Volume 13 Supplement 1

29th International Symposium on Intensive Care and Emergency Medicine

Open Access

Study of the ability of ICU staff to set a bed to the semi-recumbent position

  • MG Keane1 and
  • R Kapoor1
Critical Care200913(Suppl 1):P484

https://doi.org/10.1186/cc7648

Published: 13 March 2009

Introduction

The aim of this study was to assess the accuracy of setting the angle of the head of a bed to the semi-recumbent position. Ventilator-acquired pneumonias (VAPs) account for 31% of all ICU infections. Aetiology appears to be aspiration of contaminated oropharyngeal and gastric secretions around the endotracheal tube. The semi-recumbent position compared with the supine position is known to significantly reduce the incidence of VAP (8% vs. 34%) [1]. Hence the National Institute for Clinical Excellence in the UK publishing a recommendation that ventilated patients be nursed at an angle of 30° to 45°.

Methods

Fifty-five members of ICU staff were asked to set the angle of the head of a standard ICU bed to 30° and 45°. The estimated bed angle was then measured accurately using a Mathey Dearman protractor.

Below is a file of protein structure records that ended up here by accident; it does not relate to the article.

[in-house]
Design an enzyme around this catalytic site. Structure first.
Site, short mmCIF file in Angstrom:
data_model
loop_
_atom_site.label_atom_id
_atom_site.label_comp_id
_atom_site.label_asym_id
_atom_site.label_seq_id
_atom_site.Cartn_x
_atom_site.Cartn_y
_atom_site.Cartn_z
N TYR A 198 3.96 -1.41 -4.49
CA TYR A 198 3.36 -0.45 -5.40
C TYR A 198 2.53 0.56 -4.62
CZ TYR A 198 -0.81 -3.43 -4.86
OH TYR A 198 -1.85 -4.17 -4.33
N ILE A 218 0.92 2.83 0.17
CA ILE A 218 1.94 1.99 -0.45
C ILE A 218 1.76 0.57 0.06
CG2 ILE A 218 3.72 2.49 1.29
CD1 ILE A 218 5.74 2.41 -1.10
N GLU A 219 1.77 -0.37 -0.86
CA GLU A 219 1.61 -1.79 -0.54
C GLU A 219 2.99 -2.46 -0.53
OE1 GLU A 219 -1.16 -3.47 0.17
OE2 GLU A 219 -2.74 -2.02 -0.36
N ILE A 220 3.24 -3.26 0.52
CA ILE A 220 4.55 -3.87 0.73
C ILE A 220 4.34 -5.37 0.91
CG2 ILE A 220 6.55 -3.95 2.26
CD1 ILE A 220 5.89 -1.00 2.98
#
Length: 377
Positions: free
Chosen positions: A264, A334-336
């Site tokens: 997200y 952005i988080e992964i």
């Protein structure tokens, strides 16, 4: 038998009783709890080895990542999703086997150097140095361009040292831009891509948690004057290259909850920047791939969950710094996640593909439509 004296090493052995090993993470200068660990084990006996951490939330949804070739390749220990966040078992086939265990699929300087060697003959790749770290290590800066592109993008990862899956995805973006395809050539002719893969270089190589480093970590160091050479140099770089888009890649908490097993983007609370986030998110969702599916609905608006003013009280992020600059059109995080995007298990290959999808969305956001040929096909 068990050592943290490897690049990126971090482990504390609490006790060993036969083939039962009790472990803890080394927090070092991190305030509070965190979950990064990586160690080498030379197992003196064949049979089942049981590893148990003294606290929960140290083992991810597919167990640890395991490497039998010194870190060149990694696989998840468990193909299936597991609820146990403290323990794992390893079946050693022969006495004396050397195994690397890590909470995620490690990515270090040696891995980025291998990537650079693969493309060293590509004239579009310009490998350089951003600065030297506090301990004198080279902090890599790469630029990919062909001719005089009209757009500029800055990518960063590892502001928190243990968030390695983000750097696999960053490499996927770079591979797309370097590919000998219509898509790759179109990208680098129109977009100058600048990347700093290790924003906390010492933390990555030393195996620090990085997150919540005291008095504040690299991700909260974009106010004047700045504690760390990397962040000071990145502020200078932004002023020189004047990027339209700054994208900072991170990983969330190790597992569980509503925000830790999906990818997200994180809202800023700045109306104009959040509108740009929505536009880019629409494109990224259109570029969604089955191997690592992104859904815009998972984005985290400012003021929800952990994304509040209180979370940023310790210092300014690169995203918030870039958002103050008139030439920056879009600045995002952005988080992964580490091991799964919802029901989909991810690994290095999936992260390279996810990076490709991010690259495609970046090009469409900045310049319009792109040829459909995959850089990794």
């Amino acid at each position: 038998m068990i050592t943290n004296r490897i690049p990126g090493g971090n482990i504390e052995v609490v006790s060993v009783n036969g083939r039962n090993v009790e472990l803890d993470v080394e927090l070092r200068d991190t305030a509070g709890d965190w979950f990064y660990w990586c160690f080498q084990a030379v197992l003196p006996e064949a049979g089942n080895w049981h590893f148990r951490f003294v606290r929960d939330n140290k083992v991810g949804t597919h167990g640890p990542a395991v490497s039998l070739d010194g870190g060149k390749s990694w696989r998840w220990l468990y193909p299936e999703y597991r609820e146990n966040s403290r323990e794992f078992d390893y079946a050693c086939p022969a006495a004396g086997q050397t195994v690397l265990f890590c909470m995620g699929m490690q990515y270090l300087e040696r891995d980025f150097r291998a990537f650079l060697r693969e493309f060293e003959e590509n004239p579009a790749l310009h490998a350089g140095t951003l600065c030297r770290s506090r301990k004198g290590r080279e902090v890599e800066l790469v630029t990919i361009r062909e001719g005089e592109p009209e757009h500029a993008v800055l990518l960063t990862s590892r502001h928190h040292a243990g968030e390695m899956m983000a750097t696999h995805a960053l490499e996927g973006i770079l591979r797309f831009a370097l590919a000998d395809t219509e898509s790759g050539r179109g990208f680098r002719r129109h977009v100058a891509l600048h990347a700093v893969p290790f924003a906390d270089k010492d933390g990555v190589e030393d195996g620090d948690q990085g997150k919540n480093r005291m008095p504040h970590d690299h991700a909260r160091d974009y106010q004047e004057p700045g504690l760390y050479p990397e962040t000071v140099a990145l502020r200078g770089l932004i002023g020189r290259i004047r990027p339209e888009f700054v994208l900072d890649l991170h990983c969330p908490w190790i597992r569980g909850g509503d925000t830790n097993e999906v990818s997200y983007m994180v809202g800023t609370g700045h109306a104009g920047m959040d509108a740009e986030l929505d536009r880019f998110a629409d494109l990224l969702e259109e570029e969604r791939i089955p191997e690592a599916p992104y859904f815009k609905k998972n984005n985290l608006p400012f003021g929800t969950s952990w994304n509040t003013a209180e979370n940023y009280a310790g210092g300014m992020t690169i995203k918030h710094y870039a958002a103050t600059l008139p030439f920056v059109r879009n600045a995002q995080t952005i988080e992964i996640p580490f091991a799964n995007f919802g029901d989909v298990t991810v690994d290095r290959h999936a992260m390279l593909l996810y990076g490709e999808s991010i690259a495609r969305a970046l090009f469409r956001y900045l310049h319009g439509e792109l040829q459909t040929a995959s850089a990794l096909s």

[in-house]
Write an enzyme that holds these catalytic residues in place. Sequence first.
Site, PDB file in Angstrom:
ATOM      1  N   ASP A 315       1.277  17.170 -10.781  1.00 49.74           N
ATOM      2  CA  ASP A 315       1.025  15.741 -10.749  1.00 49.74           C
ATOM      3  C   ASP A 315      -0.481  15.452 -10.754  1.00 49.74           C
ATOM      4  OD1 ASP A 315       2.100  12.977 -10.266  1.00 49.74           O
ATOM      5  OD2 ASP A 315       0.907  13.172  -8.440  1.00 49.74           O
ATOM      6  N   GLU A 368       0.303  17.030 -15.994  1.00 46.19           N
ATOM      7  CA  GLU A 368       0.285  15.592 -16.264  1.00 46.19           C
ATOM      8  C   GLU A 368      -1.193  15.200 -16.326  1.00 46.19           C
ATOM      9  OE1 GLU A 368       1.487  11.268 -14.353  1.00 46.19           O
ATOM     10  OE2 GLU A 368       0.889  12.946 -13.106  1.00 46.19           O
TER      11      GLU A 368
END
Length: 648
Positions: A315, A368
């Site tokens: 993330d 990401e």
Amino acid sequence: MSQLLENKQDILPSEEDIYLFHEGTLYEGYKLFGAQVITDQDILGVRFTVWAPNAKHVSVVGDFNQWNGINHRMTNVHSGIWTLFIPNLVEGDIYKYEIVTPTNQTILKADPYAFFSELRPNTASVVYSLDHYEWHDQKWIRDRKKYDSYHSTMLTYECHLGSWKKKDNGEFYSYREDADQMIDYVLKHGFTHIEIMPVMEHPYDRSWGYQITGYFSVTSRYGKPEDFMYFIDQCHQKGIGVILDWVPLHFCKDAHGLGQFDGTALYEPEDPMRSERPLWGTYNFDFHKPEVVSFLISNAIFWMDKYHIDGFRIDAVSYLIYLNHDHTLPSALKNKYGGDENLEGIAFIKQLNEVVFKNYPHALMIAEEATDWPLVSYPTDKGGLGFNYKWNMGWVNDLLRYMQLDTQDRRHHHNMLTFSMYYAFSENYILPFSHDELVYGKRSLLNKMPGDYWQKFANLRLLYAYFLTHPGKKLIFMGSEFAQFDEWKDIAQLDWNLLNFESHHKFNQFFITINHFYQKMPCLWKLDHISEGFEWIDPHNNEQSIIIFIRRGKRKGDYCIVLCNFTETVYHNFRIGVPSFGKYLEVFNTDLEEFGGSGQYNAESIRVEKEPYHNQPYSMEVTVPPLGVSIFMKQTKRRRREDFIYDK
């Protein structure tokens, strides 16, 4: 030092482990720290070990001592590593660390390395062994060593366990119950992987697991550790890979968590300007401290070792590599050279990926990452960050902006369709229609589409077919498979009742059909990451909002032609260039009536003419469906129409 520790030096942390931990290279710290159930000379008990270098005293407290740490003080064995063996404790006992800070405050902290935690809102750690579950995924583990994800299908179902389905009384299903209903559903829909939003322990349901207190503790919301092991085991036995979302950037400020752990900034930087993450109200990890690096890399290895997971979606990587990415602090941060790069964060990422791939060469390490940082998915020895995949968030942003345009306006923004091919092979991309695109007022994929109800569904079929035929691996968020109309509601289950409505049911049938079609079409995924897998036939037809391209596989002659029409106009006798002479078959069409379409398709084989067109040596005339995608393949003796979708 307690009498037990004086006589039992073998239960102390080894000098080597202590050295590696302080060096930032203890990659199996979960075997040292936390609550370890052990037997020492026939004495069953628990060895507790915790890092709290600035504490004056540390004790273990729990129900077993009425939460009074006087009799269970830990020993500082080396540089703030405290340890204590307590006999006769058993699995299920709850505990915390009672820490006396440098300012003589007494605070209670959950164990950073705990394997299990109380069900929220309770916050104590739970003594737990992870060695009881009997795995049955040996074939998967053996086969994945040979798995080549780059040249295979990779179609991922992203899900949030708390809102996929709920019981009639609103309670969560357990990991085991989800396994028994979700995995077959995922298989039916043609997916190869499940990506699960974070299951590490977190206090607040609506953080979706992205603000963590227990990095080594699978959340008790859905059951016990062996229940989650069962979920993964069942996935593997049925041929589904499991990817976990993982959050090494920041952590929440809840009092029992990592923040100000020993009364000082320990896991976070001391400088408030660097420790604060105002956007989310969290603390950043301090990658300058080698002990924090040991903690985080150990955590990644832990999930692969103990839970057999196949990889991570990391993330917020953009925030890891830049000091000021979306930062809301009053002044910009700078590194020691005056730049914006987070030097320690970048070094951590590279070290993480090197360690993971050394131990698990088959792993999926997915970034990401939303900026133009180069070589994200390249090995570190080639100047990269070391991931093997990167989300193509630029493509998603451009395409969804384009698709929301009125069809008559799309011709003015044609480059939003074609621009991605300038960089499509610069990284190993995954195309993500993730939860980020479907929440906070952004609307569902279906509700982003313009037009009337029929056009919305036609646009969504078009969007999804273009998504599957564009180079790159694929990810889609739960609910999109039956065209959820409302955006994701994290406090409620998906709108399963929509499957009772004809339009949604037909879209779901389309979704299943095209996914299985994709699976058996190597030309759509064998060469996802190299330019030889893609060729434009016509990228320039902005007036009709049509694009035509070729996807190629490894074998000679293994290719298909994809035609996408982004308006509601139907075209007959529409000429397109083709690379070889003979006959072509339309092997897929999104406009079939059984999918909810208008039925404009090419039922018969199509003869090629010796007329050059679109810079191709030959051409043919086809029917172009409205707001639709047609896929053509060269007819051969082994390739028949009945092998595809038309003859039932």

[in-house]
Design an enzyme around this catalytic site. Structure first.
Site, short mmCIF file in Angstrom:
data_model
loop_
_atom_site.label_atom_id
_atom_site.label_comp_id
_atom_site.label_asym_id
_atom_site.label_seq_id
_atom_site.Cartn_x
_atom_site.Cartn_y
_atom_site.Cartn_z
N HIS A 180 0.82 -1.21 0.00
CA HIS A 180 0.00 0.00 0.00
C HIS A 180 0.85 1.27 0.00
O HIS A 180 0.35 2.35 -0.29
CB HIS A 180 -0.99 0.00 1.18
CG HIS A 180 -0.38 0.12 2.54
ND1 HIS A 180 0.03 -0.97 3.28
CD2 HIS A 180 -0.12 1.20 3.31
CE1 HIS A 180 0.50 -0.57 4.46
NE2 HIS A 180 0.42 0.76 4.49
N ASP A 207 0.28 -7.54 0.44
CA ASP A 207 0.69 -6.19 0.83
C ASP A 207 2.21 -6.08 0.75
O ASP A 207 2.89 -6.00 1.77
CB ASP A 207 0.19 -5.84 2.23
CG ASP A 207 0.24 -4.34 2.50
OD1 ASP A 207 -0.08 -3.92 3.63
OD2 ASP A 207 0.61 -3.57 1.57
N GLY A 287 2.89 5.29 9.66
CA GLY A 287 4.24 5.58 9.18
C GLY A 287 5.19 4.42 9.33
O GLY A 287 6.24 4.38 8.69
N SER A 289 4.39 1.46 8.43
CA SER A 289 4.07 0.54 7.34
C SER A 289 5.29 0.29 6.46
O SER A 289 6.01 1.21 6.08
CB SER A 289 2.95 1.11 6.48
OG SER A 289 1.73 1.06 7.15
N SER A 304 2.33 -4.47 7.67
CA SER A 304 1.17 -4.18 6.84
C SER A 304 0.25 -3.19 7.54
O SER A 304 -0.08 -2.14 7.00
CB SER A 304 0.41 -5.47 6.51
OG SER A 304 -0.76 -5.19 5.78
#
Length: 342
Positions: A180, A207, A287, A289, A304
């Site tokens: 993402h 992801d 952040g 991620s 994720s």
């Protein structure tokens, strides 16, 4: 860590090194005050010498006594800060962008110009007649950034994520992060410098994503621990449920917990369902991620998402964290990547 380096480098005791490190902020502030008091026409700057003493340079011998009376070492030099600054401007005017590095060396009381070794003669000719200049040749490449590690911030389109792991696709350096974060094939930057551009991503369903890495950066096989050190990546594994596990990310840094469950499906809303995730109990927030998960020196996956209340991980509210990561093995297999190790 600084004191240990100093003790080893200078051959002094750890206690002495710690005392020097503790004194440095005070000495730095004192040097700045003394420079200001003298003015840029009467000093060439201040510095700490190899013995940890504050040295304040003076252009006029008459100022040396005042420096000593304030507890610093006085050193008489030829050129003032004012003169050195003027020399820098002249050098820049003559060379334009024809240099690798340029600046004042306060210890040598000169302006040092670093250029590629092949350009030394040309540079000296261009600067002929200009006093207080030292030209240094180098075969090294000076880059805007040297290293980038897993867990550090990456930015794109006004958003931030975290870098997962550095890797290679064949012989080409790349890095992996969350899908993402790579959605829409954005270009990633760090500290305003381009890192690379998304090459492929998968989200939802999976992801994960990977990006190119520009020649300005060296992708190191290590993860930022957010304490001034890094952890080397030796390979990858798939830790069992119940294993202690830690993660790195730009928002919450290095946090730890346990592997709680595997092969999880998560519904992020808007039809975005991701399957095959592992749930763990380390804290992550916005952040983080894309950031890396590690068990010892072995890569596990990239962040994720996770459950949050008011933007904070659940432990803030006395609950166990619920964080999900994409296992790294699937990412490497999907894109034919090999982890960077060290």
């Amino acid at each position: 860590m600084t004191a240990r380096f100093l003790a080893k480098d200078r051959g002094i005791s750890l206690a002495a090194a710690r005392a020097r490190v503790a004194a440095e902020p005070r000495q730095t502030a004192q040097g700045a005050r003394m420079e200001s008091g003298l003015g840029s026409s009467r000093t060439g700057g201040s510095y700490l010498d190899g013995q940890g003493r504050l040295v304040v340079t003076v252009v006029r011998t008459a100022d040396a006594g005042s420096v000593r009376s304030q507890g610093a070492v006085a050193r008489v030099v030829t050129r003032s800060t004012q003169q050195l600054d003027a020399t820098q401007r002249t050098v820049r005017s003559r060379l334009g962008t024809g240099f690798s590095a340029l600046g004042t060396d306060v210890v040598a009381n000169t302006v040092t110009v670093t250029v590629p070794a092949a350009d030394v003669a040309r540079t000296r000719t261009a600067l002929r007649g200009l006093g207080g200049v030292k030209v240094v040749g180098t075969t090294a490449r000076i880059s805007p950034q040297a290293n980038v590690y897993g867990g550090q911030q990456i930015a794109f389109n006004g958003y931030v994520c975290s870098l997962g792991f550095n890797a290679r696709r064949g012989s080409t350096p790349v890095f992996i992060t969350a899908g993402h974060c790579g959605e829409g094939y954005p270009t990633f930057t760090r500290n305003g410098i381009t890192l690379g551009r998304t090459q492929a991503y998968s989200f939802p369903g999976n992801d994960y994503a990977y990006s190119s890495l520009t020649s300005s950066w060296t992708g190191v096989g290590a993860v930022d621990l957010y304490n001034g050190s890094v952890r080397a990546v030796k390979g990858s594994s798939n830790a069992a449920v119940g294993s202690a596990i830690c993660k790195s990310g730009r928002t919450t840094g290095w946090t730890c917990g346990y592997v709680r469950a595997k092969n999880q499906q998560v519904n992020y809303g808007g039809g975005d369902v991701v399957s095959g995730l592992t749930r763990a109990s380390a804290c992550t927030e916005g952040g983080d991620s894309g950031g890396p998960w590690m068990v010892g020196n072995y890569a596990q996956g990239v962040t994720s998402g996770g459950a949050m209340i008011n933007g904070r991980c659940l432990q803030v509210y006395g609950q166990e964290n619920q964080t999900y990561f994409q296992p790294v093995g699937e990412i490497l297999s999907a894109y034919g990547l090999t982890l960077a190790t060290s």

Results

When estimating the head of the bed, nursing staff were the most accurate (Table 1) while other staff significantly underestimated the angle of the bed. We also found that greater experience of working in the ICU is likely to improve ability to estimate the angle of the head of bed accurately.
Table 1

Mean estimates

Group

30° estimate

45° estimate

Nurses

30.4

43.1

Doctors

27.1

42.1

Other staff

26.1

39.6

Conclusion

Evidence suggests patients should be nursed in the semi-recumbent position to prevent VAP. However, we have found estimating the angle of a bed by eye is difficult and often inaccurate. Simple aids that highlight the angle of the bed have been shown to improve compliance to the semi-recumbent position by up to 71.5% compared with 21% in one study [2]. Such aids to set the angle of the bed should be introduced in common practice to improve compliance with VAP guidelines.

Authors’ Affiliations

(1)
Kent and Canterbury Hospital

References

  1. Drakulovic MB, et al.: Supine body position as a risk factor for nosocomial pneumonia in mechanically ventilated patients: a randomised trial. Lancet 1999, 354: 1851-1858. 10.1016/S0140-6736(98)12251-1View ArticleGoogle Scholar
  2. Williams Z, et al.: A simple device to increase rates of compliance in maintaining 30-degree head-of-bed elevation in ventilated patients. Crit Care Med 2008, 36: 1155-1157. 10.1097/CCM.0b013e318168fa59View ArticleGoogle Scholar

Copyright

© Keane and Kapoor; licensee BioMed Central Ltd. 2009

This article is published under license to BioMed Central Ltd.

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